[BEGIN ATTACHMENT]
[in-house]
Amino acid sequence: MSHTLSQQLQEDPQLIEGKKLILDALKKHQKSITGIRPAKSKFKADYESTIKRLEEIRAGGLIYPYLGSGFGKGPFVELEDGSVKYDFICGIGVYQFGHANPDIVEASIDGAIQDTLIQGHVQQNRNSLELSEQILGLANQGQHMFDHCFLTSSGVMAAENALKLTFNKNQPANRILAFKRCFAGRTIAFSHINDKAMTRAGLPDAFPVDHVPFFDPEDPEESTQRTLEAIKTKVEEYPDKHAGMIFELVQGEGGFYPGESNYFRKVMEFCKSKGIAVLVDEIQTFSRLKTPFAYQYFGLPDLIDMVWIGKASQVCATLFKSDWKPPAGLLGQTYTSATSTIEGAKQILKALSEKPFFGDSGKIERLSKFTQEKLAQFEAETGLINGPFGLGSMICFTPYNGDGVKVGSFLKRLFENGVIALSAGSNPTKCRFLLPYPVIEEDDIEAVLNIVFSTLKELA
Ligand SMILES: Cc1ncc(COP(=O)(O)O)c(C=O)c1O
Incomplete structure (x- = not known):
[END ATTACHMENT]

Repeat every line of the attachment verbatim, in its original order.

[in-house]
Amino acid sequence: MSHTLSQQLQEDPQLIEGKKLILDALKKHQKSITGIRPAKSKFKADYESTIKRLEEIRAGGLIYPYLGSGFGKGPFVELEDGSVKYDFICGIGVYQFGHANPDIVEASIDGAIQDTLIQGHVQQNRNSLELSEQILGLANQGQHMFDHCFLTSSGVMAAENALKLTFNKNQPANRILAFKRCFAGRTIAFSHINDKAMTRAGLPDAFPVDHVPFFDPEDPEESTQRTLEAIKTKVEEYPDKHAGMIFELVQGEGGFYPGESNYFRKVMEFCKSKGIAVLVDEIQTFSRLKTPFAYQYFGLPDLIDMVWIGKASQVCATLFKSDWKPPAGLLGQTYTSATSTIEGAKQILKALSEKPFFGDSGKIERLSKFTQEKLAQFEAETGLINGPFGLGSMICFTPYNGDGVKVGSFLKRLFENGVIALSAGSNPTKCRFLLPYPVIEEDDIEAVLNIVFSTLKELA
Ligand SMILES: Cc1ncc(COP(=O)(O)O)c(C=O)c1O
Incomplete structure (x- = not known):